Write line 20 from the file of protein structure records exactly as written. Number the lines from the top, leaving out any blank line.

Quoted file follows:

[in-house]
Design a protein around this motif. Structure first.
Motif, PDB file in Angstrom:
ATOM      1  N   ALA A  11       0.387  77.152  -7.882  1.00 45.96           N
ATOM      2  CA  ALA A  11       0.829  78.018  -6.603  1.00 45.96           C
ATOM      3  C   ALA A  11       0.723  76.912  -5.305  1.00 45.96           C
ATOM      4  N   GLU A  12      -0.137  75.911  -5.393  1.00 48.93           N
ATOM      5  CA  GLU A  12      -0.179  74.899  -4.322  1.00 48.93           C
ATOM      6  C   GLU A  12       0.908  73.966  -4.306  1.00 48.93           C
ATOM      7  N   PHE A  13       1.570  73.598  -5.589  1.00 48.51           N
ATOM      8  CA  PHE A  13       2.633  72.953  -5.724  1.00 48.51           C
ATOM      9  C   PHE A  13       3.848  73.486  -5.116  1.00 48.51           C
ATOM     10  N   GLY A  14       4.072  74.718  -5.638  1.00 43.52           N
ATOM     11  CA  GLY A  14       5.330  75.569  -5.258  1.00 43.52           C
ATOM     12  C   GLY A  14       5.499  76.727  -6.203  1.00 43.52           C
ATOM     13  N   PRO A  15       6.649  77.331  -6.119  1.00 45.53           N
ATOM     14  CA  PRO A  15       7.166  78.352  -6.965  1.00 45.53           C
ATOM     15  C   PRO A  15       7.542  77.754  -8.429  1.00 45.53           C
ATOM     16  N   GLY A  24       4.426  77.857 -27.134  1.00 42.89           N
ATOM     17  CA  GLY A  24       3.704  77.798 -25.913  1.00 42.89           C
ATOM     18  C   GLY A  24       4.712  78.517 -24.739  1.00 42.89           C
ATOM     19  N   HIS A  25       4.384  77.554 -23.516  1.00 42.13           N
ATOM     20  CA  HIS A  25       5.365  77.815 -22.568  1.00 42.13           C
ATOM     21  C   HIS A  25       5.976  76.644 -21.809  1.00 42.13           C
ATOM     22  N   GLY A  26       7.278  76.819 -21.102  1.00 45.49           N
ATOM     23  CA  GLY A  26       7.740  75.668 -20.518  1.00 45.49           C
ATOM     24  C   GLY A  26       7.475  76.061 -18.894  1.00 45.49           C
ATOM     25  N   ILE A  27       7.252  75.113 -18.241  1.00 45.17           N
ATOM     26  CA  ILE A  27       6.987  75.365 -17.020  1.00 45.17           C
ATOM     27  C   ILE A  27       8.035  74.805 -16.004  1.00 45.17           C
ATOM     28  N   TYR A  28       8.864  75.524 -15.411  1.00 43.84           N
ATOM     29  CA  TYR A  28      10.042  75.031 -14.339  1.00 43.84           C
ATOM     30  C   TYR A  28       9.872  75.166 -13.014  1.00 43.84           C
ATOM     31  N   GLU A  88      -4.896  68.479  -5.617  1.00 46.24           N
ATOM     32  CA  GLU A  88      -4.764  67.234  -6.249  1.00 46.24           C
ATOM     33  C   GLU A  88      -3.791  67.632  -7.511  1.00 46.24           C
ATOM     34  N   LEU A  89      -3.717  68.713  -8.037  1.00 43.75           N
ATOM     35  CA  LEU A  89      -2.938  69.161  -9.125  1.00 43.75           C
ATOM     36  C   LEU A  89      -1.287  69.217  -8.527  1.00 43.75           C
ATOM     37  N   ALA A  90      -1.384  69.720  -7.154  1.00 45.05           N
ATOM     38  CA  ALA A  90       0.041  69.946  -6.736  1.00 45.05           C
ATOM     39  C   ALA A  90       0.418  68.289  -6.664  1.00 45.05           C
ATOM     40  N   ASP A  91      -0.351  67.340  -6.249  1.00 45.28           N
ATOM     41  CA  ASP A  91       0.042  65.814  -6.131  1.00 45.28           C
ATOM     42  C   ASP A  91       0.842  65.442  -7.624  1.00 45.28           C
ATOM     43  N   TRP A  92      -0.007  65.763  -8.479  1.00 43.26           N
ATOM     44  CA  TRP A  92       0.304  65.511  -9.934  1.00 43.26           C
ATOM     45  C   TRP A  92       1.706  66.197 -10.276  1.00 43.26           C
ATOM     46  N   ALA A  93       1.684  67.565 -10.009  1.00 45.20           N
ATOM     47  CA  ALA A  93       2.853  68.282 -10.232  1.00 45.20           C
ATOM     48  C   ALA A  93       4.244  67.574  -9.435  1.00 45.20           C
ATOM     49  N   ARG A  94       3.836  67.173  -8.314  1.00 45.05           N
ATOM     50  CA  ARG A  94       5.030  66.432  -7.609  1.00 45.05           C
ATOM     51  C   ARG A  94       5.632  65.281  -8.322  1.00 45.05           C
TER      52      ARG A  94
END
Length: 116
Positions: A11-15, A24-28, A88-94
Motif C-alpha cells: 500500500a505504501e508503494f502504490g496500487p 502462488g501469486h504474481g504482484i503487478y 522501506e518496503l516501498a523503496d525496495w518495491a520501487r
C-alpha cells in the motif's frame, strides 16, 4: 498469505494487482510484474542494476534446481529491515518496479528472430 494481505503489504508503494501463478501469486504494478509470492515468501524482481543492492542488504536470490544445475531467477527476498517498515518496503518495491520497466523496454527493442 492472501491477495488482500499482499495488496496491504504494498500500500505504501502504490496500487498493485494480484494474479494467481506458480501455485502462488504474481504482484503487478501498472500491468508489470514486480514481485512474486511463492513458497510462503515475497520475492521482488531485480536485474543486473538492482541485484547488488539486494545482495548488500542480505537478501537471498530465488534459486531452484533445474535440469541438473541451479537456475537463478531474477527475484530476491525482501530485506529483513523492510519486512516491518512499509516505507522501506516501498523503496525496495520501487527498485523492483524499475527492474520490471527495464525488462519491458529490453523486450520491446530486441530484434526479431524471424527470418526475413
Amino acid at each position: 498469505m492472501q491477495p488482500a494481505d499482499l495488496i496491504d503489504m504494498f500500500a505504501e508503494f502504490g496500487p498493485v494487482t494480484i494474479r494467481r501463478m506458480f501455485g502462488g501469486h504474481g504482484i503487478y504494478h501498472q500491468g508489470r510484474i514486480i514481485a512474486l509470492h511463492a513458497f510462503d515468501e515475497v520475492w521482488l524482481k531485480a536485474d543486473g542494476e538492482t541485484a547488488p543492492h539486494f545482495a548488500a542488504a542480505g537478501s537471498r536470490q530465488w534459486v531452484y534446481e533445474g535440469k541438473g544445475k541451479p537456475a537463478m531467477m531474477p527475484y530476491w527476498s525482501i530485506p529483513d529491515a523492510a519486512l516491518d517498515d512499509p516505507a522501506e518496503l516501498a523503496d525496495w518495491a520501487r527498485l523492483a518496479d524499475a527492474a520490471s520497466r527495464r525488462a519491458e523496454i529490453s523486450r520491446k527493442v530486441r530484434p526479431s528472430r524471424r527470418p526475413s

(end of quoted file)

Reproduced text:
ATOM     17  CA  GLY A  24       3.704  77.798 -25.913  1.00 42.89           C